UK Study Casts Doubt on Testosterone Therapy for Depressed Type 2s

UK Study Casts Doubt on Testosterone Therapy for Depressed Type 2s

| Sep 18, 2012

A British study of type 2 men reports that although testosterone therapy had a beneficial effect on blood glucose levels and other metabolic indicators for non-depressed men, those suffering from depression experienced no benefit. In fact, reports Geoffrey Hackett, MD, at Good Hope Hospital in Sutton Coldfield, depressed men actually experienced a worsening of symptoms.

Along with depression, those symptoms include hypogonadism, in which the testes produce either no testosterone or severely reduced quantities. Hypogonadism in men can lead to erectile dysfunction, infertility, decreased bone and muscle mass, gynecomastia (development of breast tissue), and hair loss, as well as decreased sex drive, fatigue, and even menopausal-type hot flashes.

Hackett’s study, which involved 200 type 2 men with hypogonadism, set out to see if treating patients for low testosterone would have any effect on depression. Hackett and his colleagues tracked the patients over a 30-week study, then followed up with half of them for another 52 weeks.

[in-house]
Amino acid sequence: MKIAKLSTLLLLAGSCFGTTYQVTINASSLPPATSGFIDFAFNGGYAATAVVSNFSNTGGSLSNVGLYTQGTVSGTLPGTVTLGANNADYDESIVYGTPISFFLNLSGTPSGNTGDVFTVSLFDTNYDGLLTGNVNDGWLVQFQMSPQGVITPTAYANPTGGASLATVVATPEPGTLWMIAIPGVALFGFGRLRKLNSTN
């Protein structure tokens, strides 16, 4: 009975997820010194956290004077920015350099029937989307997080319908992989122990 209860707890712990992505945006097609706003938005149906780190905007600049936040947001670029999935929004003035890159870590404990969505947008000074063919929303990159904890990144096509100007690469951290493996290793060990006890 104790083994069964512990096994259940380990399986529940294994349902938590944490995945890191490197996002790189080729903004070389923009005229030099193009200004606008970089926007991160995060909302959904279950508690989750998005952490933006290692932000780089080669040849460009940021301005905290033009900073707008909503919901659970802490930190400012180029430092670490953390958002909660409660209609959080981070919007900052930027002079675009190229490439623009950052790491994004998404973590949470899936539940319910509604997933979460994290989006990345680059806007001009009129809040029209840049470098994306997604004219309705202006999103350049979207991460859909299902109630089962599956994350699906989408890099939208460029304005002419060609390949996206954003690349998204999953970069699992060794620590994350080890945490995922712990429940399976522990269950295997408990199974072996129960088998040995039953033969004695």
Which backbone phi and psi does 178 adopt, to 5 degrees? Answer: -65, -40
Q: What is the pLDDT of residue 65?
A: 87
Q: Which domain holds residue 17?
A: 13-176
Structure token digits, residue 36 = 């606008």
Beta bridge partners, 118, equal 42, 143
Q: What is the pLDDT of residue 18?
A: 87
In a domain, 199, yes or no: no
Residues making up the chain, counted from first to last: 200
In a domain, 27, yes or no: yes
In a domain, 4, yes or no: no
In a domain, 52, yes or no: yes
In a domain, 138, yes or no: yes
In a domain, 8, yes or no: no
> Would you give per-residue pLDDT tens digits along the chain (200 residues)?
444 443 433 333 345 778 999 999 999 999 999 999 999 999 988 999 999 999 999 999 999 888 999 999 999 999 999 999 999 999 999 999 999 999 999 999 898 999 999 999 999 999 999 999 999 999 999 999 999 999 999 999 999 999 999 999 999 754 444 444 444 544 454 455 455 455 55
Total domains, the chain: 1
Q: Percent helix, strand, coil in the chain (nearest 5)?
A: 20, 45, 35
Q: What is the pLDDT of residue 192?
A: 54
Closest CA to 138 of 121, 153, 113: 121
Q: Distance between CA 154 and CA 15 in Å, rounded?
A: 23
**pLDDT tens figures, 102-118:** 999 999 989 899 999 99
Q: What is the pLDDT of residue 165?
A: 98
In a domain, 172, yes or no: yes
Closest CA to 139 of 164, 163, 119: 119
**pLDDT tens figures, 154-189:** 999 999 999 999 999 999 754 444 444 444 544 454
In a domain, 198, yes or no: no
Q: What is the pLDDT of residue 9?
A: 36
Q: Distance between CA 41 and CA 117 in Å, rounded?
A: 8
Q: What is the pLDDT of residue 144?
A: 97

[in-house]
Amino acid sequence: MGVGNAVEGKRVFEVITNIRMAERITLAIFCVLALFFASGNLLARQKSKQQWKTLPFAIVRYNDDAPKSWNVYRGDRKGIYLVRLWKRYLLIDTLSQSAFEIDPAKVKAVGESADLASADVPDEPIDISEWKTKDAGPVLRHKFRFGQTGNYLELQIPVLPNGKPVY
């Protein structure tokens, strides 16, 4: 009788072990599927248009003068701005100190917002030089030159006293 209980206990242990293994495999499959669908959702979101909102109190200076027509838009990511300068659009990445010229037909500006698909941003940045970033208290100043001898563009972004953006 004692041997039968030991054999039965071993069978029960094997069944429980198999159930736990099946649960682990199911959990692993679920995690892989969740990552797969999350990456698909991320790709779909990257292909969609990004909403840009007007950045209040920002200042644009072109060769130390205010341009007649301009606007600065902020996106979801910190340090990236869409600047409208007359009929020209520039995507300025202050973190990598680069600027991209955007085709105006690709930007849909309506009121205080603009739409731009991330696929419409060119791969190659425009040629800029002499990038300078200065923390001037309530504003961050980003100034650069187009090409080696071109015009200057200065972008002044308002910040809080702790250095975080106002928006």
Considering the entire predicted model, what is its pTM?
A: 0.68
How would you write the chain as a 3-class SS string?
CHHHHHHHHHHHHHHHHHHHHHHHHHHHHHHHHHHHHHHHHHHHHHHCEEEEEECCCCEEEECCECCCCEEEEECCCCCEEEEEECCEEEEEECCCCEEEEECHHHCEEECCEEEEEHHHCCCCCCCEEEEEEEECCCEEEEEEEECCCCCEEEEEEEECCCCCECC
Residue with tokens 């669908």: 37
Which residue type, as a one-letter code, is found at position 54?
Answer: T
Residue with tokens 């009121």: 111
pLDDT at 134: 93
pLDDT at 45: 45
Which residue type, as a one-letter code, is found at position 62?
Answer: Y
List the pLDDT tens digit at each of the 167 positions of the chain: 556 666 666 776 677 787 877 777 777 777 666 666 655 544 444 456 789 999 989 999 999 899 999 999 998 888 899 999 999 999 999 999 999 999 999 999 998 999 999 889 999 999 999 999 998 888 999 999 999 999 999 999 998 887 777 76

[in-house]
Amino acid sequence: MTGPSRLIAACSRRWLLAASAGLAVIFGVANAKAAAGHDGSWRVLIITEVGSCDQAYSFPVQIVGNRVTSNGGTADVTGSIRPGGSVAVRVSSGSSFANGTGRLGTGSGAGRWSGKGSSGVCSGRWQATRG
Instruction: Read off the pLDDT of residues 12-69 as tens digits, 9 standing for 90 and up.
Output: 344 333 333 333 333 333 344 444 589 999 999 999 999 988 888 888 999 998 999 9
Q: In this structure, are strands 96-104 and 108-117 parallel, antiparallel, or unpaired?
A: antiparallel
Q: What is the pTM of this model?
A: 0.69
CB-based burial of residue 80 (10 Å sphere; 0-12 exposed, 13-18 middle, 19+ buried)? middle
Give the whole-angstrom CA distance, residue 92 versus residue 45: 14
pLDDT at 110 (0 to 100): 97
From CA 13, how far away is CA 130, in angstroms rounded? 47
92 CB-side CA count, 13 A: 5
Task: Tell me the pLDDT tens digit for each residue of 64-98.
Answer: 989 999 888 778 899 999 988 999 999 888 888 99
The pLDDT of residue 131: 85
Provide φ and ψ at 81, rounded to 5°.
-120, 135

Going into the study, 23 percent of the type 2 men had been diagnosed as depressed. The researchers noted that this group tended to be younger and more obese than the other type 2 patients.

Treatment consisted of 1,000 mg doses of testosterone undecanoate administered at the start of the study and at Weeks 6 and 18. A control group received placebo. Non-depressed participants enjoyed “significantly reduced” A1C levels and weight reduction, but none of the depressed participants saw any improvement in those measures.

According to Hackett, a preliminary conclusion from the study is that type 2 men who are eligible for testosterone therapy should be tested for depression before undergoing a treatment that may not benefit them.

The study was presented at a conference and has not yet been published in a peer-reviewed journal. 


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